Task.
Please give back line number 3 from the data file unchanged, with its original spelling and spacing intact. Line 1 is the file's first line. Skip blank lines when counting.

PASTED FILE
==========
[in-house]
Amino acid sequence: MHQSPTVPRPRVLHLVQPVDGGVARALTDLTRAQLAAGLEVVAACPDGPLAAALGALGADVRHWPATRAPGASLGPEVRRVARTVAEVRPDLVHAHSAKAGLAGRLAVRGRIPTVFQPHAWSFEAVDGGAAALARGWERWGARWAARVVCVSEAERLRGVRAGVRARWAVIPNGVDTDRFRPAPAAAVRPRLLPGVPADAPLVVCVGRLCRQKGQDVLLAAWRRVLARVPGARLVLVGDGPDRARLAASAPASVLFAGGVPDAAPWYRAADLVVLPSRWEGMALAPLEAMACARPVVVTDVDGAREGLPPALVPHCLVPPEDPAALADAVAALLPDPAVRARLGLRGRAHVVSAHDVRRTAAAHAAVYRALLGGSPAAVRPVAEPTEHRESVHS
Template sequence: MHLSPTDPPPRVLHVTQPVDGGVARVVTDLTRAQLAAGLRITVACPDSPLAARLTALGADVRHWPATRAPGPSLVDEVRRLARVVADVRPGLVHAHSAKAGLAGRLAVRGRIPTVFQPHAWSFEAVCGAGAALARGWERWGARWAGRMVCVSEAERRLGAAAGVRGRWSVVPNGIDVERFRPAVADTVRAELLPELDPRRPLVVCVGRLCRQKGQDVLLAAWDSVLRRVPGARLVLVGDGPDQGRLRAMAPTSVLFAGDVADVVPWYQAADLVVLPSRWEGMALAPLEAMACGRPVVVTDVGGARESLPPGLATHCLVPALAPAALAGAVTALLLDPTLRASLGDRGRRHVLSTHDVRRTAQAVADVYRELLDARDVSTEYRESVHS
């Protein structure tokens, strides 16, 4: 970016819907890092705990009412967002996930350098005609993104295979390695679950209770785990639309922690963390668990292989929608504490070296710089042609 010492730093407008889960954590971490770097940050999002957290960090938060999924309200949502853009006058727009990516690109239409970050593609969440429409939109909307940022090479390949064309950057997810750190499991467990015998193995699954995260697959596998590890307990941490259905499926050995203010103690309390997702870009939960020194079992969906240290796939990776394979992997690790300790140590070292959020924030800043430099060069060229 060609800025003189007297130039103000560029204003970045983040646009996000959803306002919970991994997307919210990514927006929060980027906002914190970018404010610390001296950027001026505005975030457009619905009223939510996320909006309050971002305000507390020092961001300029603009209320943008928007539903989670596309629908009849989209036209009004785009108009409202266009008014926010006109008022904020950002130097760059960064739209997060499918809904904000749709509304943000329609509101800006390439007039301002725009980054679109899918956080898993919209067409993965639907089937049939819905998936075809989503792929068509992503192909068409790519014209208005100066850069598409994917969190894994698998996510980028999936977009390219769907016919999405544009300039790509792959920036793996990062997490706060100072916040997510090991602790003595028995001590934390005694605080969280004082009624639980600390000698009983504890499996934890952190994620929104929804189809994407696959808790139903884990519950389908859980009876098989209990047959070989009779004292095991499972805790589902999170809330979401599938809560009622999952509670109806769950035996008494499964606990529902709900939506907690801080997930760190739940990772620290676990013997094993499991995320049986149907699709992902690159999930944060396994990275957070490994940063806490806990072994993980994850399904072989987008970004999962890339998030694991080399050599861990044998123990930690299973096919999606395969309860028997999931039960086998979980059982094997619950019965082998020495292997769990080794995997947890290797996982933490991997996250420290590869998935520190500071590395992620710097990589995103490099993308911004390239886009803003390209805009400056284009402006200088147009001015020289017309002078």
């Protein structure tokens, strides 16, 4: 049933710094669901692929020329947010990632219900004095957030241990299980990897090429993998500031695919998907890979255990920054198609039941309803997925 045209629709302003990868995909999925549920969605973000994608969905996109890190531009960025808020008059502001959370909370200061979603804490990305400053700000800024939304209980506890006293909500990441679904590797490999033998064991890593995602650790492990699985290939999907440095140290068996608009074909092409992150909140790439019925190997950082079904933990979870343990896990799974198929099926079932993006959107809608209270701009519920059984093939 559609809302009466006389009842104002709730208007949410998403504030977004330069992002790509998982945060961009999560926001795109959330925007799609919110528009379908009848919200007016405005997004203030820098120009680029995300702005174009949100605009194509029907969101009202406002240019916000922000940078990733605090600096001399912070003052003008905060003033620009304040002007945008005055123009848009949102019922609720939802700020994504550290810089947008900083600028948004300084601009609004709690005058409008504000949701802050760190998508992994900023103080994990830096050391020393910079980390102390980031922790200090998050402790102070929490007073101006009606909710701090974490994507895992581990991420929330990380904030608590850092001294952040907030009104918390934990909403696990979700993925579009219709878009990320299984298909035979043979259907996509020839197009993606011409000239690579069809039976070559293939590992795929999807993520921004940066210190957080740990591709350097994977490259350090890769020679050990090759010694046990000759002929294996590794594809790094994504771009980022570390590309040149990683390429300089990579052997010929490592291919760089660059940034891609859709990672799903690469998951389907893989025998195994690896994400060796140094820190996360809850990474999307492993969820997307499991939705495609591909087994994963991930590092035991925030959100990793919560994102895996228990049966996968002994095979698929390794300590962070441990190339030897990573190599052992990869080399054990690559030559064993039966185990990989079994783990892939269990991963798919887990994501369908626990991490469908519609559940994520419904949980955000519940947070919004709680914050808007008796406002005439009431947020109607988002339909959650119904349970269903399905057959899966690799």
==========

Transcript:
Template sequence: MHLSPTDPPPRVLHVTQPVDGGVARVVTDLTRAQLAAGLRITVACPDSPLAARLTALGADVRHWPATRAPGPSLVDEVRRLARVVADVRPGLVHAHSAKAGLAGRLAVRGRIPTVFQPHAWSFEAVCGAGAALARGWERWGARWAGRMVCVSEAERRLGAAAGVRGRWSVVPNGIDVERFRPAVADTVRAELLPELDPRRPLVVCVGRLCRQKGQDVLLAAWDSVLRRVPGARLVLVGDGPDQGRLRAMAPTSVLFAGDVADVVPWYQAADLVVLPSRWEGMALAPLEAMACGRPVVVTDVGGARESLPPGLATHCLVPALAPAALAGAVTALLLDPTLRASLGDRGRRHVLSTHDVRRTAQAVADVYRELLDARDVSTEYRESVHS